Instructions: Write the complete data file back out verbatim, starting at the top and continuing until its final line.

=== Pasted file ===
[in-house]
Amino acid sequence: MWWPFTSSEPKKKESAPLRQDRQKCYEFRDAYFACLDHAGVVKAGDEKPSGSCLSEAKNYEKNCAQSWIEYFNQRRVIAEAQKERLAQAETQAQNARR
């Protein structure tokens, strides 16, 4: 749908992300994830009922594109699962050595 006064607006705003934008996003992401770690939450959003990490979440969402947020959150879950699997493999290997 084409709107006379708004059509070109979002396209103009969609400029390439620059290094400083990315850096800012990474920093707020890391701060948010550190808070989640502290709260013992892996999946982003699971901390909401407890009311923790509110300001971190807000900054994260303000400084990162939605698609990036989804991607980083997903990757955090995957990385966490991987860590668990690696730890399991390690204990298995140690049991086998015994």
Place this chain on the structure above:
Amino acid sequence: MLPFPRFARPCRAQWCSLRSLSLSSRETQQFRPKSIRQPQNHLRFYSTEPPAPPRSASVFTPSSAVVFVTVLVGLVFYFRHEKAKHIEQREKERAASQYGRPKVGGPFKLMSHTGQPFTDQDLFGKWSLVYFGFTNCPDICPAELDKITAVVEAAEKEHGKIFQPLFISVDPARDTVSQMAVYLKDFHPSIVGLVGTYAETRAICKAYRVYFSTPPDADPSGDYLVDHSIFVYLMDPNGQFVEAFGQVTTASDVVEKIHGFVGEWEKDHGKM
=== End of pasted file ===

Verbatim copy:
[in-house]
Amino acid sequence: MWWPFTSSEPKKKESAPLRQDRQKCYEFRDAYFACLDHAGVVKAGDEKPSGSCLSEAKNYEKNCAQSWIEYFNQRRVIAEAQKERLAQAETQAQNARR
């Protein structure tokens, strides 16, 4: 749908992300994830009922594109699962050595 006064607006705003934008996003992401770690939450959003990490979440969402947020959150879950699997493999290997 084409709107006379708004059509070109979002396209103009969609400029390439620059290094400083990315850096800012990474920093707020890391701060948010550190808070989640502290709260013992892996999946982003699971901390909401407890009311923790509110300001971190807000900054994260303000400084990162939605698609990036989804991607980083997903990757955090995957990385966490991987860590668990690696730890399991390690204990298995140690049991086998015994």
Place this chain on the structure above:
Amino acid sequence: MLPFPRFARPCRAQWCSLRSLSLSSRETQQFRPKSIRQPQNHLRFYSTEPPAPPRSASVFTPSSAVVFVTVLVGLVFYFRHEKAKHIEQREKERAASQYGRPKVGGPFKLMSHTGQPFTDQDLFGKWSLVYFGFTNCPDICPAELDKITAVVEAAEKEHGKIFQPLFISVDPARDTVSQMAVYLKDFHPSIVGLVGTYAETRAICKAYRVYFSTPPDADPSGDYLVDHSIFVYLMDPNGQFVEAFGQVTTASDVVEKIHGFVGEWEKDHGKM